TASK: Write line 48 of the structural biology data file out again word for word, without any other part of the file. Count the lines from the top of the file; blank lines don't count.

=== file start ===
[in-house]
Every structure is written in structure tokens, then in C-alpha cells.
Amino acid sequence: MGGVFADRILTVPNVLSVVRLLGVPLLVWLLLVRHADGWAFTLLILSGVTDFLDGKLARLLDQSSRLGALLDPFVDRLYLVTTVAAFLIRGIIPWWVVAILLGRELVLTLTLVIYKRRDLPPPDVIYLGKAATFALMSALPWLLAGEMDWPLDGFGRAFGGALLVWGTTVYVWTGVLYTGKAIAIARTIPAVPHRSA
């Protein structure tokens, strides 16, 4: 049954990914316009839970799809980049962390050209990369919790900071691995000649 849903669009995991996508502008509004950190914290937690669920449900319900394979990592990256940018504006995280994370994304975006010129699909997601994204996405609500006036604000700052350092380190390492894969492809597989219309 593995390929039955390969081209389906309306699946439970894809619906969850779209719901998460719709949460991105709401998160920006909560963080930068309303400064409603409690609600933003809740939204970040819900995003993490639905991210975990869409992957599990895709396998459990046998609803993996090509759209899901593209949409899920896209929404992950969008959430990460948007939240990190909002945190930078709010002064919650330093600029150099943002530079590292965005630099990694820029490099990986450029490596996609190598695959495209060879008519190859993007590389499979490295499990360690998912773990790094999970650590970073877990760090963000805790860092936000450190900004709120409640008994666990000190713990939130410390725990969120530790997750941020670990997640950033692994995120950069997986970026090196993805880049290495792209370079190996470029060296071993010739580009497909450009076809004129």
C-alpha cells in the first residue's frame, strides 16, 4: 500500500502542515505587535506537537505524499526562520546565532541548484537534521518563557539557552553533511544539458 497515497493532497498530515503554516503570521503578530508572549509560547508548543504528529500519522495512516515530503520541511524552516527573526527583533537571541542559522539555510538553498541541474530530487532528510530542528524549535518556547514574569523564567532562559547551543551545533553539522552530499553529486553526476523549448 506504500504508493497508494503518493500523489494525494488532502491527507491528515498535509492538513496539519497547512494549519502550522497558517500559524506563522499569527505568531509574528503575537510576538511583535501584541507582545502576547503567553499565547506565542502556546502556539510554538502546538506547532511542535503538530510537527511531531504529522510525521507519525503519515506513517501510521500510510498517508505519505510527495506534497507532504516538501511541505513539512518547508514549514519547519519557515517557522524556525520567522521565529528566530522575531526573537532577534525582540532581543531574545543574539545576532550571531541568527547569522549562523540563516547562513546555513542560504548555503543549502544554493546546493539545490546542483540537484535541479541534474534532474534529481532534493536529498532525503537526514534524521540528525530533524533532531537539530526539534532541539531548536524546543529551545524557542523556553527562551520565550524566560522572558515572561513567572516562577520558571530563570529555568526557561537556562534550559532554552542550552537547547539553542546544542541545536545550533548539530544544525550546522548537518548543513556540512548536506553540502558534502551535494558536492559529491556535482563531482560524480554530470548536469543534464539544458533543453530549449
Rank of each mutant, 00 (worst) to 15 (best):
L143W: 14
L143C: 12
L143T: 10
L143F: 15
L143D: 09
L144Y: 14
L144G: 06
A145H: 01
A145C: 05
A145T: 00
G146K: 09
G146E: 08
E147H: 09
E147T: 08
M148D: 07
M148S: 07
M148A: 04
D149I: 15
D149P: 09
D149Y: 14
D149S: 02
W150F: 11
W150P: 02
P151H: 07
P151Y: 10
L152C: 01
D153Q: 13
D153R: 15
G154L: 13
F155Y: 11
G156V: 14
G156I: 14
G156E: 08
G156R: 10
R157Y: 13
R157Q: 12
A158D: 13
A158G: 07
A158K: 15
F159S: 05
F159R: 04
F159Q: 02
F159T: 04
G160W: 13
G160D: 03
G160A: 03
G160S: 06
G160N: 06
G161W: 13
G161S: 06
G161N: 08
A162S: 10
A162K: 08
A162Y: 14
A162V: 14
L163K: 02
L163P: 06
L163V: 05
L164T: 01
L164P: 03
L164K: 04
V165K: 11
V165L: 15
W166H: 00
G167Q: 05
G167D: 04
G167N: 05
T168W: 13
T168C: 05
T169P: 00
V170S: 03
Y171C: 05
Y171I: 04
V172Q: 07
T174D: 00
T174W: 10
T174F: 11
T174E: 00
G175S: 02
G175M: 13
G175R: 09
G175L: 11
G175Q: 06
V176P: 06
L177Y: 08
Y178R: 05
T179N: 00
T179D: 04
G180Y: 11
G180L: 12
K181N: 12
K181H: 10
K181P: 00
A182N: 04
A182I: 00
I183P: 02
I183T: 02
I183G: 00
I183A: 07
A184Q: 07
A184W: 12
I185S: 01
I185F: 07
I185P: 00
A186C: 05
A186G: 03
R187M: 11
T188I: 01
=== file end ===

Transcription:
F159Q: 02